Anna, the titular character in director Daniel Brown’s short film, wants to shake up her life. She hates her job and let’s people walk all over her, or at least that’s what I gather having now seen this very cleverly made film. While Anna never complains about her somewhat miserable life, the film itself does all the talking as Anna has a day where she says what she’s always wanted to say and acts how she’s always wanted to act. Anna embarks on her day after staring at herself in a mirror and not liking what she sees. She makes a dramatic move and, all of a sudden, everything is different for her. In fact, it’s all quite opposite of the norm. To give you a hint at what I’m getting at, you might want to note that the name Anna is a palindrome…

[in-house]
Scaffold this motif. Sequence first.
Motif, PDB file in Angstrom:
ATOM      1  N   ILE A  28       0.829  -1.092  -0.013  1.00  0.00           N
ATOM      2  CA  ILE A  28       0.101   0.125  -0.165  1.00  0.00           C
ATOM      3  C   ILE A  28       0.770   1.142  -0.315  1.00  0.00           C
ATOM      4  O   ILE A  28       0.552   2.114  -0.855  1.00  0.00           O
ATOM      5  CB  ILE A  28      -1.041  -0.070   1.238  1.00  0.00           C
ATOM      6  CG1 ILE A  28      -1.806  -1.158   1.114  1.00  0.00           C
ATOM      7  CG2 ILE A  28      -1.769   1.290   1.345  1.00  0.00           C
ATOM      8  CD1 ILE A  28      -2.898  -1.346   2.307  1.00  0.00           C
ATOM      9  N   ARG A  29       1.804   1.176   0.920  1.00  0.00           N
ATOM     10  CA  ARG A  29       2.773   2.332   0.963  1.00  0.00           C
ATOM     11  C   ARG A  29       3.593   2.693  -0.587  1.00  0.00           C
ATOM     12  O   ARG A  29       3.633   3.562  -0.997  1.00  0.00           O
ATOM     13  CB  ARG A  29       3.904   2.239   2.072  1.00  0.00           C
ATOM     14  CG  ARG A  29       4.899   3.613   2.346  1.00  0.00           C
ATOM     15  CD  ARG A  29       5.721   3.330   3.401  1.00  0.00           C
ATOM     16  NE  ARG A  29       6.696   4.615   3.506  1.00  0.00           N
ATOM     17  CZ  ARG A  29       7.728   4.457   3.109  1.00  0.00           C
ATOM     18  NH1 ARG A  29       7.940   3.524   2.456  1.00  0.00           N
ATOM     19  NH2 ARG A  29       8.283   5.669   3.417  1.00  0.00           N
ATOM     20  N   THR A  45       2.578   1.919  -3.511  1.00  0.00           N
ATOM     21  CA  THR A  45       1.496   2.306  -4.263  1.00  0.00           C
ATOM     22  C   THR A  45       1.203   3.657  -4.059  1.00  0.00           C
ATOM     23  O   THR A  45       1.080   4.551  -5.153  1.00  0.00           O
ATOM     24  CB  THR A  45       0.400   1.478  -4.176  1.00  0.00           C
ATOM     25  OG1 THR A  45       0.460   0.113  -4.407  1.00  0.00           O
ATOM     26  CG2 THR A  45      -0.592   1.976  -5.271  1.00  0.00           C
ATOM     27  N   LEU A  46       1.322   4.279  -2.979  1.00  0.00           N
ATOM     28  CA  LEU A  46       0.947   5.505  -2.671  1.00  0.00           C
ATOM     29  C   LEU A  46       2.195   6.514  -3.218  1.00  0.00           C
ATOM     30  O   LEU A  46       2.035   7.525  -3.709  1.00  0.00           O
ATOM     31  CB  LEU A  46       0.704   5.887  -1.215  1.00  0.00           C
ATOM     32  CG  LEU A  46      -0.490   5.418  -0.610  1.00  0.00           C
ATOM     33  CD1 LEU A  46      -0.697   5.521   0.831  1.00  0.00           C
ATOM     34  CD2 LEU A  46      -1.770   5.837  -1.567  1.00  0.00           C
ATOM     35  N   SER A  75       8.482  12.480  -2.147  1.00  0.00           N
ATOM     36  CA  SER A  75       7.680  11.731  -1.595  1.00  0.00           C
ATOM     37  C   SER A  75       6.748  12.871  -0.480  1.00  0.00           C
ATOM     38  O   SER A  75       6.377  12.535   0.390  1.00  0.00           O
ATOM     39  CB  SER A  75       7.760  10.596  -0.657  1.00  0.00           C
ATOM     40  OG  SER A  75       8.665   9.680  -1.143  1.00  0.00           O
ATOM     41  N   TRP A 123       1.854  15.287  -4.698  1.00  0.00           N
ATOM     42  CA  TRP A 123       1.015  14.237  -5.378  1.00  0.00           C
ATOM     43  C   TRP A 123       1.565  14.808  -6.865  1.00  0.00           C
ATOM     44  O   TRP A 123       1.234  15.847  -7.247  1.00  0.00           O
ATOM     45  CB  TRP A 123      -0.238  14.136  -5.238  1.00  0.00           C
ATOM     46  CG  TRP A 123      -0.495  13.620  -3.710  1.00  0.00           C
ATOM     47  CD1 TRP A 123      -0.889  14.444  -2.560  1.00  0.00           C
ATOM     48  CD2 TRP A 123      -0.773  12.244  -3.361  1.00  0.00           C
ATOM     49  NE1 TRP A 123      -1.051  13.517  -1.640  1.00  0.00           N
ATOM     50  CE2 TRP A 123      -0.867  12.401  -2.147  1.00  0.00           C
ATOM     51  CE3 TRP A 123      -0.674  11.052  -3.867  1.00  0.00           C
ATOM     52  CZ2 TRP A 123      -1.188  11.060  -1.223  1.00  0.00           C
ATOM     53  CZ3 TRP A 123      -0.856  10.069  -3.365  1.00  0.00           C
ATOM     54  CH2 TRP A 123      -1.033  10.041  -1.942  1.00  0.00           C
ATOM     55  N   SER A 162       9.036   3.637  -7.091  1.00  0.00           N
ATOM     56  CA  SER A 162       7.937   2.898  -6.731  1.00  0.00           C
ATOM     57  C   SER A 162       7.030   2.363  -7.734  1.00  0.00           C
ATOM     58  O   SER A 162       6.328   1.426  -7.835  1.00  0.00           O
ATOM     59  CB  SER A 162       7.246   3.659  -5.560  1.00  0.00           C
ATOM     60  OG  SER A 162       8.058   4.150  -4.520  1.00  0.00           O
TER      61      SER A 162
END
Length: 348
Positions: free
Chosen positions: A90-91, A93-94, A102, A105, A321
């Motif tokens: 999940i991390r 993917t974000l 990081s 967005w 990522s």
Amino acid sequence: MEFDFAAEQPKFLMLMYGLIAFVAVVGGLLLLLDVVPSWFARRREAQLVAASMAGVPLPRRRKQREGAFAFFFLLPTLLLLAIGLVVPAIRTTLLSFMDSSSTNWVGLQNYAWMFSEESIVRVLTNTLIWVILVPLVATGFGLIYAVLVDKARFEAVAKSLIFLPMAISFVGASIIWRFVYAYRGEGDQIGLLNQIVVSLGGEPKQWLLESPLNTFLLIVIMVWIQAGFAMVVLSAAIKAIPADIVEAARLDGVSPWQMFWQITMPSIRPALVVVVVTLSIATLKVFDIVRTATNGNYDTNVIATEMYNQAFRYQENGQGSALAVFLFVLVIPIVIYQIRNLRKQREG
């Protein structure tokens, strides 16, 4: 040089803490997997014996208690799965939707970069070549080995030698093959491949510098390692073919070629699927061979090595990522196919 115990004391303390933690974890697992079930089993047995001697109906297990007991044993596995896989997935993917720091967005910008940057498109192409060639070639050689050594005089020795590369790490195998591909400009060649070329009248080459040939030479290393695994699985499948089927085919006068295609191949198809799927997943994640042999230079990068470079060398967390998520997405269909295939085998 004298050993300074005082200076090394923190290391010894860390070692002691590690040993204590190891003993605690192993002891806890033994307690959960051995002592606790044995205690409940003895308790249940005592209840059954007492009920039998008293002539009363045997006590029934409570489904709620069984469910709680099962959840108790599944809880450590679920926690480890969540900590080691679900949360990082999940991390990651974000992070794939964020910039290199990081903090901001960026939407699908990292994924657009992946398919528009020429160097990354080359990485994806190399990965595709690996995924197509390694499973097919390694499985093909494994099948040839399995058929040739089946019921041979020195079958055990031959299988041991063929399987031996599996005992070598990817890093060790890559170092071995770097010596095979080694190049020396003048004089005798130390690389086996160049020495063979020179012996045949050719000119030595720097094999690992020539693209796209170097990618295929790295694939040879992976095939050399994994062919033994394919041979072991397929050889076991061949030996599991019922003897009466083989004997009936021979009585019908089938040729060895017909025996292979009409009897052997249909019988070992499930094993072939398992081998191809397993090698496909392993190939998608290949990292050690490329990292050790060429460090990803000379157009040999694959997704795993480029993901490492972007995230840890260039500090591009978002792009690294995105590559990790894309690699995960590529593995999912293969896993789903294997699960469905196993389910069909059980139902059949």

Actress Amanda Colianni plays Anna with what is at first a world-weary exhaustion that morphs into an individual toughness. It’s as if she is one moment ready to off herself and, the next, the embodiment of spunky feminism that does what she wants. I enjoyed her performance as she becomes who she’s always wanted to be.
“Anna” is a very cool and rather brilliantly edited while it manages to wring a lot out of a short time frame. Brown is a visual director who has a good eye for composition and a great eye for color. Yet the editing of the piece, which features a very sneaky and clever conceit I wouldn’t dare give away, is the real achievement of “Anna.”
The press notes indicate that this film was made as a part of one of those “film challenges” where filmmakers are given a theme or topic and a short time frame in which to complete their film, which makes the work here even more impressive. I look forward to seeing what Brown might come up with given a proper time frame and freedom to work as he pleases.
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